Wisconsin women's HPV vaccine injury claim heads to federal court

Two sisters from Mount Horeb say a cervical cancer vaccine shut down their ovaries and almost certainly left them unable to get pregnant, a claim scheduled for a hearing Thursday and Friday in federal court in Washington, D.C.

Madelyne Meylor, 20, and Olivia Meylor, 19, say their premature ovarian failure came from the vaccine against human papillomavirus, or HPV.

It’s the first allegation that the vaccine caused the condition to reach a hearing through the National Vaccine Injury Compensation Program, said their attorney, Mark Krueger, of Baraboo.

Health officials recommend three doses of the vaccine against HPV, a sexually transmitted virus, for girls and boys ages 11 and 12 to protect against cervical cancer, throat cancer, genital warts and other conditions. Two brands are available: Gardasil, approved in 2006, and Cervarix, approved in 2009.

The vaccine injury program has awarded payments for HPV vaccine injuries in 68 cases for a total of at least $5.9 million, according to the federal government and Judicial Watch, a nonpartisan foundation. The program has dismissed 63 claims and 81 claims are pending.
Read more: http://host.madison.com/news/local/health_med_fit/sisters-hpv-vaccine-injury-claim-heads-to-federal-court/article_53ce9006-cc4b-5547-b1d2-6beb49417a02.html#ixzz2jyxiLvtQ

I really wish that DOCTORS would start reading about this. When we try to explain to doctors we don't want vaccines from an aborted child or are simply unnecessary(chicken pox? really?) we get a .... but, but, but the pamphlet says... response. I'm not against vaccinations per se, but I am against the corporate medical practice of today, to invent a crisis to sell "medicine."



  1. This post wreaks of misinformation; while it is true that some vaccines are made from lines derived from aborted fetuses (which I agree is morally reprehensible), there are for some vaccines, "Clean alternatives". Unfortunately, this is not the case for Varicella, but I wouldn't say that the motivations behind vaccinating children against this virus are based is some constructed fantasy medical crisis. While the condition is generally mild, it can rarely be serious; the virus can also have cause disabiling pain if it reactivates in adulthood (the virus remains dormant for decades until someone becomes either frail or immunosupressed). Anti-vaccine sentiment has no place in the pro-life movement; anti-aborted-fetal lines does. To maximize credibility, it's important that individuals within the prolife movement speak out these issues in an informed matter.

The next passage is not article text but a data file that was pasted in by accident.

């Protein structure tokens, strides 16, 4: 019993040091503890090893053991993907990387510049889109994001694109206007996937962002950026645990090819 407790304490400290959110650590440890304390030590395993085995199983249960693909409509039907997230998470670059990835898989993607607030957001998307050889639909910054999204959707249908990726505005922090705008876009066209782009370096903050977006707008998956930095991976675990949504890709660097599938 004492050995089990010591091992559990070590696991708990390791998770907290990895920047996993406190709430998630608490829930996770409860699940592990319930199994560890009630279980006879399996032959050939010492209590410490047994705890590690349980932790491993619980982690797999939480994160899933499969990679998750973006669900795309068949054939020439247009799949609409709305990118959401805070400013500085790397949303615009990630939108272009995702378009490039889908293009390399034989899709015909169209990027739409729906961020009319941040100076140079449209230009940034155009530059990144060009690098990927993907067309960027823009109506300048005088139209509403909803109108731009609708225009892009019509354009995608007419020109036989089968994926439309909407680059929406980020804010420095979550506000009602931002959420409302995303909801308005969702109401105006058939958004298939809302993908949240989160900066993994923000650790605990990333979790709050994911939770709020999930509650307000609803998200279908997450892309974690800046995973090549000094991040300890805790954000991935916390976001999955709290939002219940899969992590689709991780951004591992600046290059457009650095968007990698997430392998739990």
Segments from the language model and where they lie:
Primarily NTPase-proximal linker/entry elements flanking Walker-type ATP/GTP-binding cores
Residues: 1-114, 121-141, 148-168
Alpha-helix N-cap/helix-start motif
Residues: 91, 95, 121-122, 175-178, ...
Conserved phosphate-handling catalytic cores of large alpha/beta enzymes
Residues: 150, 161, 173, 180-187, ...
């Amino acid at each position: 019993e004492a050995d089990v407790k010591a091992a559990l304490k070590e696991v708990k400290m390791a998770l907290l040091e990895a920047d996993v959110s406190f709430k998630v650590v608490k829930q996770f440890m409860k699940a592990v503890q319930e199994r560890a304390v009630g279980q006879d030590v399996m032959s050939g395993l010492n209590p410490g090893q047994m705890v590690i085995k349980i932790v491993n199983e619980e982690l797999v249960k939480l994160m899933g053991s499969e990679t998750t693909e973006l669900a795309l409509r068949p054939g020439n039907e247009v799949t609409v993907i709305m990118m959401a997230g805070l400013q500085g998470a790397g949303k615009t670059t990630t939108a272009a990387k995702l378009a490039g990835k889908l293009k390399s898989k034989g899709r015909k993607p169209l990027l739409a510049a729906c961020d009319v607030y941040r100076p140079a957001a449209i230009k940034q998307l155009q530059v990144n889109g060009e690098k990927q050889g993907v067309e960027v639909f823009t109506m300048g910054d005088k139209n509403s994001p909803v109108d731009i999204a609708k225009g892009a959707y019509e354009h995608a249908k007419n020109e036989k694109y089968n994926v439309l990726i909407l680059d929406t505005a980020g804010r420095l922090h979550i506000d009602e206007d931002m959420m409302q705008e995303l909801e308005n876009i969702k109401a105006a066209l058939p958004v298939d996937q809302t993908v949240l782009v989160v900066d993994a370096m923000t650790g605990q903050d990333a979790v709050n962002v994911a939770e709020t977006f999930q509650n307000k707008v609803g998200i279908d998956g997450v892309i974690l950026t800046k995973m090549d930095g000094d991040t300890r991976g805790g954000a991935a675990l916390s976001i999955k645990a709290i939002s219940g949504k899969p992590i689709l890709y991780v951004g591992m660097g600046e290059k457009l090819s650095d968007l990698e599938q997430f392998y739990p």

Which brings me to Gardasil; The ovarian failure of these two women is hard to link conclusively to their vaccinations. There is a case report on the BJM of a 16 year old who also suffered from premature ovarian failure, but this condition does occur spontaneously in the general population, and in most cases is idiopathic (cause unidentified). Gardasil isn't derived from aborted fetal-stemlines, and I think think a reasonable argument can be made to vaccinate girls and young women against this virus in an effort to prevent and reduce occurances of cervical cancer. The assertion that this vaccine will promote promiscuity is totally unfounded. Even if a woman were to remain chaste and have only one life sexual partner, it doesn't mean that the man she marries was never exposed to HPV; why should be not be protected from developing later malignancy because of his earlier life choices?

    1. Like I said, I'm not against vaccinations, just unnecessary ones. There is proof that safe vaccinations HAVE triggered adverse reactions and death. That is why I would not take that risk, however small, on viruses that are not serious like Chicken Pox.


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